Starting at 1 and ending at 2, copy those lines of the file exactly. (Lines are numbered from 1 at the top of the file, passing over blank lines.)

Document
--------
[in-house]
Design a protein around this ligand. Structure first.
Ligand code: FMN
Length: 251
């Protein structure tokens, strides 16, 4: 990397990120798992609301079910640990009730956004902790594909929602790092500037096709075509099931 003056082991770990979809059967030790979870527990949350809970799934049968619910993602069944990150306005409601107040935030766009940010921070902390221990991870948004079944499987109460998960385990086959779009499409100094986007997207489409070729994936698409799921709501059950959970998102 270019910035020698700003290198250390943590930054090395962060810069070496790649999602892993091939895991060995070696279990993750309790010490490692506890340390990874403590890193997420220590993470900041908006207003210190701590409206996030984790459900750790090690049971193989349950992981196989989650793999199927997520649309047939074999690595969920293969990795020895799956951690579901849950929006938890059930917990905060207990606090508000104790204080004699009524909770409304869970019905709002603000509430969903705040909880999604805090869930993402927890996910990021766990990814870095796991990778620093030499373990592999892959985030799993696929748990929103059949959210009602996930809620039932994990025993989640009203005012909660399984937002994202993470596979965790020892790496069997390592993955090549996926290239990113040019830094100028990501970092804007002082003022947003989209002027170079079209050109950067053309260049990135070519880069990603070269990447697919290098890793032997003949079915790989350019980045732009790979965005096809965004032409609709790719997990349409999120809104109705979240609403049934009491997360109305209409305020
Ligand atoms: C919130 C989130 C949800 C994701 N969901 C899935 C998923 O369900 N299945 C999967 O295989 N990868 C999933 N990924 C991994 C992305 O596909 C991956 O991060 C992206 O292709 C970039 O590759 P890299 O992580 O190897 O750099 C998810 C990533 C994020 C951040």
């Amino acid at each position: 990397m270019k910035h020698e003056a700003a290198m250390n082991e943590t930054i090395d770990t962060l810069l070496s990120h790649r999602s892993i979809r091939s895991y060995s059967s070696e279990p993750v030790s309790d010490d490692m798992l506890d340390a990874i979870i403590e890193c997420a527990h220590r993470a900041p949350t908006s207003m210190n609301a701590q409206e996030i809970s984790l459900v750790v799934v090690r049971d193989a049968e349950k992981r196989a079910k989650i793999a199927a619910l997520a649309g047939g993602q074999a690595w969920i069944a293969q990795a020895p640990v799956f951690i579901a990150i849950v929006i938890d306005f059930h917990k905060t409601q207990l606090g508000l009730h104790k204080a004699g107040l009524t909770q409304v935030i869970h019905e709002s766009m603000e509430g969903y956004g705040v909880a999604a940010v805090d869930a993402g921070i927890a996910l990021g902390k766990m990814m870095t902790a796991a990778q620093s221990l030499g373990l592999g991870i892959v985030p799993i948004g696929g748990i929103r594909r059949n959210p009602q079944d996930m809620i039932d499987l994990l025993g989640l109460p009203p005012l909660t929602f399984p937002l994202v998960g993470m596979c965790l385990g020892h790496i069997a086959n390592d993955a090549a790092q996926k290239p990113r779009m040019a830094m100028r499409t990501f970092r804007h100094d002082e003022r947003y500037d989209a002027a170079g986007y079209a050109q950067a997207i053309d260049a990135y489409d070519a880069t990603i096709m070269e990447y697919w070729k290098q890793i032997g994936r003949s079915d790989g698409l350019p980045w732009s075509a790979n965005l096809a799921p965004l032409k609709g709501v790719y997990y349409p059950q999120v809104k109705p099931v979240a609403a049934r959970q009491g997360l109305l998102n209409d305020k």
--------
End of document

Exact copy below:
[in-house]
Design a protein around this ligand. Structure first.